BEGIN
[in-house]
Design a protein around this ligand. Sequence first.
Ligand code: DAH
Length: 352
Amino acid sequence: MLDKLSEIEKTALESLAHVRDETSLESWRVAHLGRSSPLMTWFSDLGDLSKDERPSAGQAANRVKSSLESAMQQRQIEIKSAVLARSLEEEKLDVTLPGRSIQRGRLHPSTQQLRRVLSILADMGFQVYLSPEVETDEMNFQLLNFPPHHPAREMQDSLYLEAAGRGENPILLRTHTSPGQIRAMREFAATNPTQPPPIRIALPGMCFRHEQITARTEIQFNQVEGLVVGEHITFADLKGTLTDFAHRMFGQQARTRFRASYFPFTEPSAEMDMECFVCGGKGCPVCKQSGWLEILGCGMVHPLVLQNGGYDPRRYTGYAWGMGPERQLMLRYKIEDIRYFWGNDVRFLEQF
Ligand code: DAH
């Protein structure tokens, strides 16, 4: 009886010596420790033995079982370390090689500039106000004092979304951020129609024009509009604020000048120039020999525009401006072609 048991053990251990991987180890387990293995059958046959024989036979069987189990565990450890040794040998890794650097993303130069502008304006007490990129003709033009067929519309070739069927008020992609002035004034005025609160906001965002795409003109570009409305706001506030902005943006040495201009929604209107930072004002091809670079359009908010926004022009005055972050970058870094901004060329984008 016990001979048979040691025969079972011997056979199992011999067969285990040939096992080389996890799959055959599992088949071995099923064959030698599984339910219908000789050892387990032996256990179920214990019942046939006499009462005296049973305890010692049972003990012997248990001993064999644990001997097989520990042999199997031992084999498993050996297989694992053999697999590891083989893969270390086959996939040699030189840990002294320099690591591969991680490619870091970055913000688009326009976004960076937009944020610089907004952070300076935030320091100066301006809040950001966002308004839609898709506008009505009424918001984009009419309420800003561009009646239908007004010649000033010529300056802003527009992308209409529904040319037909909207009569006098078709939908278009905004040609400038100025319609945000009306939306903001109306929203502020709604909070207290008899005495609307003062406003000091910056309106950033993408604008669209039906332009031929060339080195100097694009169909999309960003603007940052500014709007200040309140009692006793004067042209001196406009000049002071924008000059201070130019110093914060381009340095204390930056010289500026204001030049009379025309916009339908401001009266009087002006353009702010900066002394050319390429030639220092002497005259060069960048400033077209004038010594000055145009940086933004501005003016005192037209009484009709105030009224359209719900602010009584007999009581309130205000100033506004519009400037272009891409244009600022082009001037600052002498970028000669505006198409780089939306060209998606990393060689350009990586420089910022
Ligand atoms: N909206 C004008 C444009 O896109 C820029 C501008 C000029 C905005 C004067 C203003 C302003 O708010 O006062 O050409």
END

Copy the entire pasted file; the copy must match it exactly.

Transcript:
[in-house]
Design a protein around this ligand. Sequence first.
Ligand code: DAH
Length: 352
Amino acid sequence: MLDKLSEIEKTALESLAHVRDETSLESWRVAHLGRSSPLMTWFSDLGDLSKDERPSAGQAANRVKSSLESAMQQRQIEIKSAVLARSLEEEKLDVTLPGRSIQRGRLHPSTQQLRRVLSILADMGFQVYLSPEVETDEMNFQLLNFPPHHPAREMQDSLYLEAAGRGENPILLRTHTSPGQIRAMREFAATNPTQPPPIRIALPGMCFRHEQITARTEIQFNQVEGLVVGEHITFADLKGTLTDFAHRMFGQQARTRFRASYFPFTEPSAEMDMECFVCGGKGCPVCKQSGWLEILGCGMVHPLVLQNGGYDPRRYTGYAWGMGPERQLMLRYKIEDIRYFWGNDVRFLEQF
Ligand code: DAH
């Protein structure tokens, strides 16, 4: 009886010596420790033995079982370390090689500039106000004092979304951020129609024009509009604020000048120039020999525009401006072609 048991053990251990991987180890387990293995059958046959024989036979069987189990565990450890040794040998890794650097993303130069502008304006007490990129003709033009067929519309070739069927008020992609002035004034005025609160906001965002795409003109570009409305706001506030902005943006040495201009929604209107930072004002091809670079359009908010926004022009005055972050970058870094901004060329984008 016990001979048979040691025969079972011997056979199992011999067969285990040939096992080389996890799959055959599992088949071995099923064959030698599984339910219908000789050892387990032996256990179920214990019942046939006499009462005296049973305890010692049972003990012997248990001993064999644990001997097989520990042999199997031992084999498993050996297989694992053999697999590891083989893969270390086959996939040699030189840990002294320099690591591969991680490619870091970055913000688009326009976004960076937009944020610089907004952070300076935030320091100066301006809040950001966002308004839609898709506008009505009424918001984009009419309420800003561009009646239908007004010649000033010529300056802003527009992308209409529904040319037909909207009569006098078709939908278009905004040609400038100025319609945000009306939306903001109306929203502020709604909070207290008899005495609307003062406003000091910056309106950033993408604008669209039906332009031929060339080195100097694009169909999309960003603007940052500014709007200040309140009692006793004067042209001196406009000049002071924008000059201070130019110093914060381009340095204390930056010289500026204001030049009379025309916009339908401001009266009087002006353009702010900066002394050319390429030639220092002497005259060069960048400033077209004038010594000055145009940086933004501005003016005192037209009484009709105030009224359209719900602010009584007999009581309130205000100033506004519009400037272009891409244009600022082009001037600052002498970028000669505006198409780089939306060209998606990393060689350009990586420089910022
Ligand atoms: N909206 C004008 C444009 O896109 C820029 C501008 C000029 C905005 C004067 C203003 C302003 O708010 O006062 O050409």